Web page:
My prank life didn’t begin until college when I helped mastermind a promotion for a fake campus concert that almost led to my arrest.  But in my final year of high school, the six-hundred members of my senior class were crowded onto bleachers for an all-class picture.  I look at that picture now and see an opportunity for chaos.  I mean, how much would it have cost to hire an airplane to drop a hundred gallons of water at the precise moment the picture was taken?  Or to organize a group of kids to all wear neon shirts and arrange themselves into something profane within the crowd?  It’s missed opportunities like this that keep me up at night.

What books formed your thinking or reflected who you were as a child and teen reader?
I read a lot of early Stephen King probably before I was old enough, and then through high school it was mostly comic books and classics.  I do specifically remember reading Helter Skelter during my junior year, dragging that non-fiction monster around with me for a month or so.  Looking back on it now, that’s probably all of the evidence needed to explain why I didn’t have a girlfriend in high school.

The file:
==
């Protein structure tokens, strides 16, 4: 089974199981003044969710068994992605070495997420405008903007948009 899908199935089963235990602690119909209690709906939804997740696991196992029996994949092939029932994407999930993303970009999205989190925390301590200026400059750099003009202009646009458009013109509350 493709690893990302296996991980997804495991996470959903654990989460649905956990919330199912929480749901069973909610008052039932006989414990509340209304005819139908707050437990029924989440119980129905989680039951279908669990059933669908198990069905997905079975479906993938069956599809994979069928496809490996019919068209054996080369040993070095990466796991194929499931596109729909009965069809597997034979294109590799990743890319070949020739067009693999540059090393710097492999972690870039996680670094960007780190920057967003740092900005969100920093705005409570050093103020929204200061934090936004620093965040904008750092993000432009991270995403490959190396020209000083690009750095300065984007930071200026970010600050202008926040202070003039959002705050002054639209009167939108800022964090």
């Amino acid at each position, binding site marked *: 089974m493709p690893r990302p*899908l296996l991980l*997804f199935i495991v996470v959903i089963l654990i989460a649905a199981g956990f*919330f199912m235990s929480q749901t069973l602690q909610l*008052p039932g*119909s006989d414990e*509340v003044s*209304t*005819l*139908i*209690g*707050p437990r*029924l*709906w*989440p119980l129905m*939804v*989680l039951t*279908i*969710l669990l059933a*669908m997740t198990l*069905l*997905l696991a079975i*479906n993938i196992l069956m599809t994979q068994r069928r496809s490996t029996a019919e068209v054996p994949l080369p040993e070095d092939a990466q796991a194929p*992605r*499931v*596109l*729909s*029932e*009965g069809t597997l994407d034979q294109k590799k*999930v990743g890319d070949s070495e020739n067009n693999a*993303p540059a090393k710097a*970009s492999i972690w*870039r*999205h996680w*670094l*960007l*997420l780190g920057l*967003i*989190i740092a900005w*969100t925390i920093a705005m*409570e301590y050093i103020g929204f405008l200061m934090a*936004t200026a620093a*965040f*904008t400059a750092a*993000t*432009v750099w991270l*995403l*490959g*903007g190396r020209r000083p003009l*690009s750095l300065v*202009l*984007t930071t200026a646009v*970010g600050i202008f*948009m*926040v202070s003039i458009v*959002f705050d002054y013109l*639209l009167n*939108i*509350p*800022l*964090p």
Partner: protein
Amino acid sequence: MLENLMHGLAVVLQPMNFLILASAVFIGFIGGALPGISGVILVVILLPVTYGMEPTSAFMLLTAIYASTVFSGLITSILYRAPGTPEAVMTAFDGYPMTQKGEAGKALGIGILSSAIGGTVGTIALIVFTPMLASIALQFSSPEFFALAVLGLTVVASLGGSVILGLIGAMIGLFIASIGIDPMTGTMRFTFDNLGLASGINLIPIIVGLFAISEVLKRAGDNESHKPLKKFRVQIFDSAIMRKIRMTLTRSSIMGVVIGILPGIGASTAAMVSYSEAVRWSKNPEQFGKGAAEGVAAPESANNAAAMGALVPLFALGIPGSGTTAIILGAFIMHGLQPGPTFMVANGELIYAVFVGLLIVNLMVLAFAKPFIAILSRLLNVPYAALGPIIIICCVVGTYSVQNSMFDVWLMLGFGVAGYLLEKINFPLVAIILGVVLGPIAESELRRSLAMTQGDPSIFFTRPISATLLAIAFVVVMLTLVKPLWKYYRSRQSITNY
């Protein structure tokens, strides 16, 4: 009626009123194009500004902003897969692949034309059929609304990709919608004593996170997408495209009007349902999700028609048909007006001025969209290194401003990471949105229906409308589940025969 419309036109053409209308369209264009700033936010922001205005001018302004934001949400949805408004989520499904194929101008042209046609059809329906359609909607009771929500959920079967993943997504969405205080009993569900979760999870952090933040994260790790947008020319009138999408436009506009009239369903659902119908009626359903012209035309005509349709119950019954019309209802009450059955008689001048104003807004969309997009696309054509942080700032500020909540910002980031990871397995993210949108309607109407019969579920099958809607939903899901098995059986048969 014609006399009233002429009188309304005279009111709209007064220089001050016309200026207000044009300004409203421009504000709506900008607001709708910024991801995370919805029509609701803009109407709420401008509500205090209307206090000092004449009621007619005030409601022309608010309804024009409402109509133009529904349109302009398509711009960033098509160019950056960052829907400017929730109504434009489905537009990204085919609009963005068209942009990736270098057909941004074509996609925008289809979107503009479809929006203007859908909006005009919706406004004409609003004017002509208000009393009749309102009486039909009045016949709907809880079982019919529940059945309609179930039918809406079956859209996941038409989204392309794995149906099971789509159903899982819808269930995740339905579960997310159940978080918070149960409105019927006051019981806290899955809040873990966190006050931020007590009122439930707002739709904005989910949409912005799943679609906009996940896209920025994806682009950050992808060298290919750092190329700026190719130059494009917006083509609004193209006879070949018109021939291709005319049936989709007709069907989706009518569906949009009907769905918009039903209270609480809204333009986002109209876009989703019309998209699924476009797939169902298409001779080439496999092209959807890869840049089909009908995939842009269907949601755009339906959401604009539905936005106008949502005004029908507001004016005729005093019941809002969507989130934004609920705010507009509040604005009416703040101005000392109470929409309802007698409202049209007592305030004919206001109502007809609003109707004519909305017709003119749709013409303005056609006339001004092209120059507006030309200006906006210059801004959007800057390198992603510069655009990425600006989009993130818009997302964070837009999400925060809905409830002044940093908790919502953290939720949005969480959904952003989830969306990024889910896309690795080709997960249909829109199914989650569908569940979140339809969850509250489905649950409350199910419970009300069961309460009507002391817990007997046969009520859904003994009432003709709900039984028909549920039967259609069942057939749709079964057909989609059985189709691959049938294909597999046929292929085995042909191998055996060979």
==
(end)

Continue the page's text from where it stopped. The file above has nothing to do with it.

Wednesday, October 14, 2015

Out of this World Wednesday: Goosebumps Movie



What’s Out of this World?

  • The Stories: While I worried about the movie throwing too many characters into one film, I was quite surprised at the effectiveness of having the beloved characters come to life all at once. The books television show had already accomplished giving each monster his/her/its spotlight, so showcasing the monsters as a collection worked quite well. Each monster still a moment to shine, and not taking too long on introducing each monster allowed the movie to progress nicely.